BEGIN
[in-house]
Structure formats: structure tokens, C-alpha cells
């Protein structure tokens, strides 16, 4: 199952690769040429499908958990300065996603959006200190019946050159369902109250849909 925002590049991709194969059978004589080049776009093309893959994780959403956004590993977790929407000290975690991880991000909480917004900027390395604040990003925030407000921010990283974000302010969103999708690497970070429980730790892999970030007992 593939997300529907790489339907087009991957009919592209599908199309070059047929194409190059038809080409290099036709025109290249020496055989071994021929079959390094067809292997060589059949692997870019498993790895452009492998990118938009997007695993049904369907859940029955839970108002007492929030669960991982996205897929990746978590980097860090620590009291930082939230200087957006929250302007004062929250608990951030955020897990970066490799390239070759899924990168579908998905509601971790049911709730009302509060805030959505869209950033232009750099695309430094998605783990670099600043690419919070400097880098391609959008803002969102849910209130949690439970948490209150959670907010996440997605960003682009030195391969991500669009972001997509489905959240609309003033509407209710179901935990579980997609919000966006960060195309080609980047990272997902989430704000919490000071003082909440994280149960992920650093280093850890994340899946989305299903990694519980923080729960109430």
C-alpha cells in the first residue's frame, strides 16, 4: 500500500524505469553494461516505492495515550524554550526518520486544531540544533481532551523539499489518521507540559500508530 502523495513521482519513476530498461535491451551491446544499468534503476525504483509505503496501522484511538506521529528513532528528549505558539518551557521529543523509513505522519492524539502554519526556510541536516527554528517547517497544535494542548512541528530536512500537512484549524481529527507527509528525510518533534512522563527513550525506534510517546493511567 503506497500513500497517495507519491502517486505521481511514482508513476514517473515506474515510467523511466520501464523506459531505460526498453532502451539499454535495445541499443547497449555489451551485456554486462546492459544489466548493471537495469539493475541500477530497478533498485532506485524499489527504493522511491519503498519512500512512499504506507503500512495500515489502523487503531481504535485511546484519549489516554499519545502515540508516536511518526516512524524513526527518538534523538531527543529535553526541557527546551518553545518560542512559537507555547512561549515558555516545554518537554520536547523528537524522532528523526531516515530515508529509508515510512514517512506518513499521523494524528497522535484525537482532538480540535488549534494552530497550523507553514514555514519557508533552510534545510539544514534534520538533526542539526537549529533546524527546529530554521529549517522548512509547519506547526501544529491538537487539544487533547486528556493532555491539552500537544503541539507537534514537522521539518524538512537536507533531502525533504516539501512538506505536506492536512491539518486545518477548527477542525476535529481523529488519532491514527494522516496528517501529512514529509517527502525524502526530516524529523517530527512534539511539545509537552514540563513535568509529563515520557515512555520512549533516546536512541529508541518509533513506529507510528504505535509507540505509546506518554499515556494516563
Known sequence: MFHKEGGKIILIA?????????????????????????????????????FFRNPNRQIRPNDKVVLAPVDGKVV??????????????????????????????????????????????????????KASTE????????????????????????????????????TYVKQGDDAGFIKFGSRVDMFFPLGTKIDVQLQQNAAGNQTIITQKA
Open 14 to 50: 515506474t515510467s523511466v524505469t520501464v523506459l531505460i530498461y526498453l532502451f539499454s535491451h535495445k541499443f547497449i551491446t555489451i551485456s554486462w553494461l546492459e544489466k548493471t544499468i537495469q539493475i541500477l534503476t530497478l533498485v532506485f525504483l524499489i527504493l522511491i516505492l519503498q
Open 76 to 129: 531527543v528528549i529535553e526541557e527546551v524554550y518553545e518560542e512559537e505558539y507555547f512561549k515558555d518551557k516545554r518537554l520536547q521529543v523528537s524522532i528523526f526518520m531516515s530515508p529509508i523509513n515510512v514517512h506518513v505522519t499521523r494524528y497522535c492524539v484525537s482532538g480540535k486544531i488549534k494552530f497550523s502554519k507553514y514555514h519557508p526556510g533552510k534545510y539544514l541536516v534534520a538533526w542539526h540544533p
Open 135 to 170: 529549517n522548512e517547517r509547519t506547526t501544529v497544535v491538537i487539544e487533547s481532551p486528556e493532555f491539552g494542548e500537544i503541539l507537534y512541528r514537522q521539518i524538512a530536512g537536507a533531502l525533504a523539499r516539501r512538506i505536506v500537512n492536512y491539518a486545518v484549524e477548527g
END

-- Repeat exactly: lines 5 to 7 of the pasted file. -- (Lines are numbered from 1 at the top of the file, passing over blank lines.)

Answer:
Known sequence: MFHKEGGKIILIA?????????????????????????????????????FFRNPNRQIRPNDKVVLAPVDGKVV??????????????????????????????????????????????????????KASTE????????????????????????????????????TYVKQGDDAGFIKFGSRVDMFFPLGTKIDVQLQQNAAGNQTIITQKA
Open 14 to 50: 515506474t515510467s523511466v524505469t520501464v523506459l531505460i530498461y526498453l532502451f539499454s535491451h535495445k541499443f547497449i551491446t555489451i551485456s554486462w553494461l546492459e544489466k548493471t544499468i537495469q539493475i541500477l534503476t530497478l533498485v532506485f525504483l524499489i527504493l522511491i516505492l519503498q
Open 76 to 129: 531527543v528528549i529535553e526541557e527546551v524554550y518553545e518560542e512559537e505558539y507555547f512561549k515558555d518551557k516545554r518537554l520536547q521529543v523528537s524522532i528523526f526518520m531516515s530515508p529509508i523509513n515510512v514517512h506518513v505522519t499521523r494524528y497522535c492524539v484525537s482532538g480540535k486544531i488549534k494552530f497550523s502554519k507553514y514555514h519557508p526556510g533552510k534545510y539544514l541536516v534534520a538533526w542539526h540544533p